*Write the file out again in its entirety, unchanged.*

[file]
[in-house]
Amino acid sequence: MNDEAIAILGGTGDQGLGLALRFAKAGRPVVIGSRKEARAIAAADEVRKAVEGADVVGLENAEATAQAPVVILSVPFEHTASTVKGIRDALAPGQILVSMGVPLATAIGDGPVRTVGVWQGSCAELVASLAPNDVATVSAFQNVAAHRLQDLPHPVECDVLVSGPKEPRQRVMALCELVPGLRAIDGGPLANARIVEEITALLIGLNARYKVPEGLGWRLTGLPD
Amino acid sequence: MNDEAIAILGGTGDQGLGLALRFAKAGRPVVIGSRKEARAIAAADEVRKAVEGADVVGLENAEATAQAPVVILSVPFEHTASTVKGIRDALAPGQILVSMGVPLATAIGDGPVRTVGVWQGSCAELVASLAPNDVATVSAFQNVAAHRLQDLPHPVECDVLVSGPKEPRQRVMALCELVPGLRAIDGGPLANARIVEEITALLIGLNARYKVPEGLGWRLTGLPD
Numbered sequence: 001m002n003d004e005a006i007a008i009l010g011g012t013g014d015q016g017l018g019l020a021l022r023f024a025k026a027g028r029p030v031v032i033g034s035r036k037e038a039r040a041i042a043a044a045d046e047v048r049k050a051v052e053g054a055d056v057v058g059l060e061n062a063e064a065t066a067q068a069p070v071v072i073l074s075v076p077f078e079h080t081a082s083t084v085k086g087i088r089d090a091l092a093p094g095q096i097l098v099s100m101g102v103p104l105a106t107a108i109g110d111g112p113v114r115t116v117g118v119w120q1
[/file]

[in-house]
Amino acid sequence: MNDEAIAILGGTGDQGLGLALRFAKAGRPVVIGSRKEARAIAAADEVRKAVEGADVVGLENAEATAQAPVVILSVPFEHTASTVKGIRDALAPGQILVSMGVPLATAIGDGPVRTVGVWQGSCAELVASLAPNDVATVSAFQNVAAHRLQDLPHPVECDVLVSGPKEPRQRVMALCELVPGLRAIDGGPLANARIVEEITALLIGLNARYKVPEGLGWRLTGLPD
Amino acid sequence: MNDEAIAILGGTGDQGLGLALRFAKAGRPVVIGSRKEARAIAAADEVRKAVEGADVVGLENAEATAQAPVVILSVPFEHTASTVKGIRDALAPGQILVSMGVPLATAIGDGPVRTVGVWQGSCAELVASLAPNDVATVSAFQNVAAHRLQDLPHPVECDVLVSGPKEPRQRVMALCELVPGLRAIDGGPLANARIVEEITALLIGLNARYKVPEGLGWRLTGLPD
Numbered sequence: 001m002n003d004e005a006i007a008i009l010g011g012t013g014d015q016g017l018g019l020a021l022r023f024a025k026a027g028r029p030v031v032i033g034s035r036k037e038a039r040a041i042a043a044a045d046e047v048r049k050a051v052e053g054a055d056v057v058g059l060e061n062a063e064a065t066a067q068a069p070v071v072i073l074s075v076p077f078e079h080t081a082s083t084v085k086g087i088r089d090a091l092a093p094g095q096i097l098v099s100m101g102v103p104l105a106t107a108i109g110d111g112p113v114r115t116v117g118v119w120q1